IT WAS UNFORTUNATE that Congress left town without authorizing a stand-by plan for rationing gasoline. But it was hardly surprising. Rationing confronts Congress with an uncomfortable dilemma. It knows that it cannot write rationing rules itself, as President Carter challenged it to do; the collisions of regional and social interests are too sharp and complex. But it also knows that the White House proposals have been uniformly inept, and the legislators resist giving Mr. Carter any very broad latitude to work it out by himself.

That's why the House has been anxiously trying to write certain principles and suggestions into the bill, without quite daring to reduce them to specific requirements. That's also why the House keeps hedging the bill with provisions making it impossible to put rationing into effect except in the direst of national emergencies. The White House resents those conditions, sensing - accurately - that they indicate a lack of confidence in the president's judgment.

There was a time, several years ago, when rationing was a popular idea in Congress. But in the debates last spring over the president's first plan, congressmen and senators began to perceive the enormous regional impacts of little provisions that looked, at first glance, like the merest of technicalities. During the shortages of May and June, they saw the deep and unpredictable effects of even the smaller defects in the federal allocation formulas. Congress has become too sophisticated and experienced in the pitfalls of shortage management to be able to move quickly or easily. From the public's point of view, that's not necessarily a bad thing.

The original Carter proposal would have given a ration book to each car. That means three times as much gasoline to the three-car family as to the one-car family. Is that fair? Since the stamps could be sold legally, is it right to omit people who don't have cars, or even licenses, from this lucrative benefit? Who is to weigh the hardship cases? What about the small business that needs gasoline, but would be bankrupted by buying ration stamps on the open market? Whether they want to or not, great numbers of people in Congress now see what rationing would get the government into.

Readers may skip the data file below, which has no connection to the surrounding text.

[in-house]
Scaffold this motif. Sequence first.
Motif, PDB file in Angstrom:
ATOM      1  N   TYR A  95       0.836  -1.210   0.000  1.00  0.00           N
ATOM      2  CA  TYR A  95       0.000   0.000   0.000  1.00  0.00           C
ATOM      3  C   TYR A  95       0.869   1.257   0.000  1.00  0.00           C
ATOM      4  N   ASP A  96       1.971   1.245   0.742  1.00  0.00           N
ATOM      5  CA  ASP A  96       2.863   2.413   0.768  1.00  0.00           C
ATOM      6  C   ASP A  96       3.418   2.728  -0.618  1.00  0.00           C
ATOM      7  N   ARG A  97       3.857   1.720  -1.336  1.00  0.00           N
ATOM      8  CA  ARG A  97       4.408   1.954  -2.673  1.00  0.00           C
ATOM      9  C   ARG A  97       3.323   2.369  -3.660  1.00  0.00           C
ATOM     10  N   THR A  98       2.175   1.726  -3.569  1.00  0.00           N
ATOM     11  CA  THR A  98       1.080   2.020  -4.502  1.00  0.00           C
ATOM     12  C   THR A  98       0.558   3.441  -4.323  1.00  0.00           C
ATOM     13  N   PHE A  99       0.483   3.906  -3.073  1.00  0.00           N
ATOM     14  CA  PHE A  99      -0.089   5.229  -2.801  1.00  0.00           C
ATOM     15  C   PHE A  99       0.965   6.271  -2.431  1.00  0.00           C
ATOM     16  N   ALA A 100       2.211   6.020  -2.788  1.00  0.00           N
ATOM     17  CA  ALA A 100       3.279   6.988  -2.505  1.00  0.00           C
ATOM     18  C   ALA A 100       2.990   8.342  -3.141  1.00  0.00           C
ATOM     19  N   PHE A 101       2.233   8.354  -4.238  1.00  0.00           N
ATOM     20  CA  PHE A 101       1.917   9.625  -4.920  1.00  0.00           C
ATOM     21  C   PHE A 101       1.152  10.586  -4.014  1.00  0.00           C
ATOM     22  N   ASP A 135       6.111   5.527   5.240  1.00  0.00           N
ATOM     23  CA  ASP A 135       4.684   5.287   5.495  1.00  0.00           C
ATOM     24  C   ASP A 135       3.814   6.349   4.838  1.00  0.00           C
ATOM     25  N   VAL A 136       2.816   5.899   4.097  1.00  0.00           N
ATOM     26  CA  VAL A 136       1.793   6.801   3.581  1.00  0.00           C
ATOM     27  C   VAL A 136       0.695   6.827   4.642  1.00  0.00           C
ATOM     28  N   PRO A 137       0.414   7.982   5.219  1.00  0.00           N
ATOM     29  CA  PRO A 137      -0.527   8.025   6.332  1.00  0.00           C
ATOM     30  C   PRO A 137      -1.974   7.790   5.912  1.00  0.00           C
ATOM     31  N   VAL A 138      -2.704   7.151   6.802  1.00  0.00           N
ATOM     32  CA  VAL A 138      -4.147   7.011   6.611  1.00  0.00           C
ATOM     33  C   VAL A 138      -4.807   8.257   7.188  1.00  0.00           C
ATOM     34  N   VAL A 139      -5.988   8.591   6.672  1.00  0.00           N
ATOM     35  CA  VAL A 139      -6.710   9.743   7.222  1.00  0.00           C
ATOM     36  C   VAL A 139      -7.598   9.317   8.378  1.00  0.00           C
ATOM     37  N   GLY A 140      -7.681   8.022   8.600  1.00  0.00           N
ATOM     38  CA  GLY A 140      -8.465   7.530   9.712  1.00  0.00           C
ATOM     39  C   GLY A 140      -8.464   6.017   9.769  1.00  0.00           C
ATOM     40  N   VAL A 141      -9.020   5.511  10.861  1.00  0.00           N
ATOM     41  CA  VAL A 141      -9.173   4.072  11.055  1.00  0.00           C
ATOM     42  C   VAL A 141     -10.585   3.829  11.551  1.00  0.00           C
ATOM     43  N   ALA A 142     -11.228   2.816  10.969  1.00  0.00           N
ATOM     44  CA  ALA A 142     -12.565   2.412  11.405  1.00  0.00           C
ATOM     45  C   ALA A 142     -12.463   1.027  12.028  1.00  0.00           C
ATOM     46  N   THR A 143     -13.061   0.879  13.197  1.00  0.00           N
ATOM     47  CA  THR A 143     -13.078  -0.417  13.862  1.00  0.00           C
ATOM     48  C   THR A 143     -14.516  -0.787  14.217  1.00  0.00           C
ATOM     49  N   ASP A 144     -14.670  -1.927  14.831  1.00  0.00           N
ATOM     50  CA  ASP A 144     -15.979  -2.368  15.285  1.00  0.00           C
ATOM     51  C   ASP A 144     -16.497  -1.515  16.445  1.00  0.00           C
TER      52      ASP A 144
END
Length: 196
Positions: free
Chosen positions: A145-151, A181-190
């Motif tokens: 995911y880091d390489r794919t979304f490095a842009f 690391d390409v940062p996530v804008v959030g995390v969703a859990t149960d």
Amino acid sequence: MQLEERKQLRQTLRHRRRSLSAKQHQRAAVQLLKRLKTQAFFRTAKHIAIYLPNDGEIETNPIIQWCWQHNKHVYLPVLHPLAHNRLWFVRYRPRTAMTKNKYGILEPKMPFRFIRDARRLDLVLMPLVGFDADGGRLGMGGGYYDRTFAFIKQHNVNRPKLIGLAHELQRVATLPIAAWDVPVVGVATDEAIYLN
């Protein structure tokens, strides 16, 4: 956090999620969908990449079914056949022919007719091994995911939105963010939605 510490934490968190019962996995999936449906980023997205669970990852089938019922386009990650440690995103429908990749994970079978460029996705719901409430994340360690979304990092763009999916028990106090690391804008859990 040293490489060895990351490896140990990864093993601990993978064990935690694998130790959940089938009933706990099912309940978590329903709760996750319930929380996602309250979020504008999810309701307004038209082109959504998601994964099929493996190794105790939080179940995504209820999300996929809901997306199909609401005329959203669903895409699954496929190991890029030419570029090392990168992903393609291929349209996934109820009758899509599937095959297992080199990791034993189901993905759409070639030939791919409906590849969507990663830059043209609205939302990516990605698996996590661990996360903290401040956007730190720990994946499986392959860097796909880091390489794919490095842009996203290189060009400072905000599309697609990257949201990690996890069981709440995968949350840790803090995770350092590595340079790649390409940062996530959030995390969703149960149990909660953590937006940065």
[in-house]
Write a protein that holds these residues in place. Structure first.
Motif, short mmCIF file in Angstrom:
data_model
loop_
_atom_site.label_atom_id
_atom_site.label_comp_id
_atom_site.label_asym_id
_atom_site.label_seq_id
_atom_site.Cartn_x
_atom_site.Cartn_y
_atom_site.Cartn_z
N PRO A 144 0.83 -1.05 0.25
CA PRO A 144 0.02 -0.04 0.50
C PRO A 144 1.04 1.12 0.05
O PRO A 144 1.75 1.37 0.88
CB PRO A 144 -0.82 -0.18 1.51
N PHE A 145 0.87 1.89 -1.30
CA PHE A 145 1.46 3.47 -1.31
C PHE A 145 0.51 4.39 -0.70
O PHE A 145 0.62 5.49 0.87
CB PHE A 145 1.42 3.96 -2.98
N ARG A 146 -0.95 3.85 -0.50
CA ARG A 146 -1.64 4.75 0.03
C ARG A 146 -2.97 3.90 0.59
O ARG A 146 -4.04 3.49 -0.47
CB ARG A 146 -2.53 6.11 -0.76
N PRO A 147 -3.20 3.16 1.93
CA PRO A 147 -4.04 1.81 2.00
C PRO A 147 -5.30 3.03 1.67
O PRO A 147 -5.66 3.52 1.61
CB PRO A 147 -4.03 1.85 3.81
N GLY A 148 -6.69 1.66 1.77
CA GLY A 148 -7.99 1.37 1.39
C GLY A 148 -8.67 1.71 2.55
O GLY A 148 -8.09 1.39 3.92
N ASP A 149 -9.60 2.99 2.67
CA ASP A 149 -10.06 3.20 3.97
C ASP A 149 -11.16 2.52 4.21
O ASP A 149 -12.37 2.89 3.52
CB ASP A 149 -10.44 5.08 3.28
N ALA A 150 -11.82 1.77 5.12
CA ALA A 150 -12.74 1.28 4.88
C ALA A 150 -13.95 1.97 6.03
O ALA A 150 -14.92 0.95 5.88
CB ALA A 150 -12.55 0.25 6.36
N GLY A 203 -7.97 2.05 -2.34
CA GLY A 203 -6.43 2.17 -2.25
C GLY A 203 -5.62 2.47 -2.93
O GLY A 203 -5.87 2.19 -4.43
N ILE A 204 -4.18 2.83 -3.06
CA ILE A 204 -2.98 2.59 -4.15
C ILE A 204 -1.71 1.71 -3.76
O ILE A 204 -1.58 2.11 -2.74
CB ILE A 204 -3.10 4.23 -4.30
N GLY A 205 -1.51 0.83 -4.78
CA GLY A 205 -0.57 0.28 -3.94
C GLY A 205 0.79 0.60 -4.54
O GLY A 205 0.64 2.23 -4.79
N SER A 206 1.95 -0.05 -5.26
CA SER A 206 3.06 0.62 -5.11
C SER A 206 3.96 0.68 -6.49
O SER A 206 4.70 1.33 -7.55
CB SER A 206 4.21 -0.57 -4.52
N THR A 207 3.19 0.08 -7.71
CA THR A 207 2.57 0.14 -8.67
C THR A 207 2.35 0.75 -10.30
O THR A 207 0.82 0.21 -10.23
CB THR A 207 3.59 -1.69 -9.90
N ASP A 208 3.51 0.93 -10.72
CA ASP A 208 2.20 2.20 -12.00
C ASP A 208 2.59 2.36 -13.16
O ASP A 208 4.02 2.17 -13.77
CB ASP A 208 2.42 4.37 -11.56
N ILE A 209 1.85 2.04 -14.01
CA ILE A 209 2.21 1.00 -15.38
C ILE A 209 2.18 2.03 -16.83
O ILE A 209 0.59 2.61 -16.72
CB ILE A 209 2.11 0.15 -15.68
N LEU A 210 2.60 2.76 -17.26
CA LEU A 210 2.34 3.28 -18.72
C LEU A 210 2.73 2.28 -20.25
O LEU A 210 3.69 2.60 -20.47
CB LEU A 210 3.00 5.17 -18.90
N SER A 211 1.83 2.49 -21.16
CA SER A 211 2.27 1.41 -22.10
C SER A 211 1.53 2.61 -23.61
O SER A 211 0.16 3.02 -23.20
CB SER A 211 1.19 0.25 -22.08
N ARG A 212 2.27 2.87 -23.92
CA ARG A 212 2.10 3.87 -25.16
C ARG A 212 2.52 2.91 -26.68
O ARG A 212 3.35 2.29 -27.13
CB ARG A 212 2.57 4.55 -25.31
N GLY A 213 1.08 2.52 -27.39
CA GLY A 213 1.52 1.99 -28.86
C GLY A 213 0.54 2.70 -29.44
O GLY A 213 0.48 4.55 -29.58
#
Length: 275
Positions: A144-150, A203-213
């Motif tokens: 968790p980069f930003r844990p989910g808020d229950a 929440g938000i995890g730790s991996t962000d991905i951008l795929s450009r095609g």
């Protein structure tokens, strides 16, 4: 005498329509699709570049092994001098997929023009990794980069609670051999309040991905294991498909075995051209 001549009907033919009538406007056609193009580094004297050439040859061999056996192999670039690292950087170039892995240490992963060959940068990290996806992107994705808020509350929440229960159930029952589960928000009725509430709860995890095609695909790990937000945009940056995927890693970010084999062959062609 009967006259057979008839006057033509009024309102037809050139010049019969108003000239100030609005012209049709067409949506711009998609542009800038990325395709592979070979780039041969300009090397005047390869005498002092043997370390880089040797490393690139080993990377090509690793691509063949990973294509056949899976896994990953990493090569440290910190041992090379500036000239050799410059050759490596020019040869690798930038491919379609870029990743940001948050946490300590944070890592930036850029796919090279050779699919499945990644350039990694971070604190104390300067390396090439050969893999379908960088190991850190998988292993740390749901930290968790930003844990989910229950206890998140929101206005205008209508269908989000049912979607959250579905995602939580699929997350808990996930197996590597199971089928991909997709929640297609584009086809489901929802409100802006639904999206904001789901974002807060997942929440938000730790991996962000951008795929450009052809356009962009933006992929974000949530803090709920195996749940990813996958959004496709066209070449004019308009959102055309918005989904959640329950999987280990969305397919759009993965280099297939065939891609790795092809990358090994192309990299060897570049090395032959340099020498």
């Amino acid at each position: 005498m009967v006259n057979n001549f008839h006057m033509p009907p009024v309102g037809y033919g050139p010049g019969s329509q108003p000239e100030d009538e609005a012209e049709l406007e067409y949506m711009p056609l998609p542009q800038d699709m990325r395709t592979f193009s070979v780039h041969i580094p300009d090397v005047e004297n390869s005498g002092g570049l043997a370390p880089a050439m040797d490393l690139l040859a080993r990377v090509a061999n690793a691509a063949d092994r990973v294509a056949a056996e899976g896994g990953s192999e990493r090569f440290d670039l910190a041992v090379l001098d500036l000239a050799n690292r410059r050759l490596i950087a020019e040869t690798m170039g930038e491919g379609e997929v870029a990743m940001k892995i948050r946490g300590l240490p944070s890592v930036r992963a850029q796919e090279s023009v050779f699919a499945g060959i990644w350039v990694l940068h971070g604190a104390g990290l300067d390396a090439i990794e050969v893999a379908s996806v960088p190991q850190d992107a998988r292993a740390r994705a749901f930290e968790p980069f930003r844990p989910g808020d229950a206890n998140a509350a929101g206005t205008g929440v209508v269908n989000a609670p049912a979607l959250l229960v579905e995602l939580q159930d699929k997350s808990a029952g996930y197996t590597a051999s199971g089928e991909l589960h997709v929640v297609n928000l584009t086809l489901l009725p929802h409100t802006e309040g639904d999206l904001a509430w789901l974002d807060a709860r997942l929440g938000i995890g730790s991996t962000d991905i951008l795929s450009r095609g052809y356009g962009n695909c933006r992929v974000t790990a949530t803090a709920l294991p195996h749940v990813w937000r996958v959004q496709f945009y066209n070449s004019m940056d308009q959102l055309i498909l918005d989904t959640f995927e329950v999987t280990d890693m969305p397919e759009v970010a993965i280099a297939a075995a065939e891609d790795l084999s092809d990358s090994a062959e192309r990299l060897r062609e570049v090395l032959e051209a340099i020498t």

But that, again, is the dilemma. If some catastrophe - a war, say, in the Persian Gulf - suddenly imposed a drastic drop in the world's oil supply, the country would need rationing fast. By most estimates, preparing the system - printing the coupons, writing the rules, programming the computers - would take at least six months. That's the work that would be done under the stand-by authority. It's worth doing, as a kind of insurance. But the doubts and delays in Congress aren't caused by cowardice, as the Democratic leadership keeps angrily charing. The explanation is that, in the past six months, the members have learned too much for comfort about the things that would go wrong in rationing.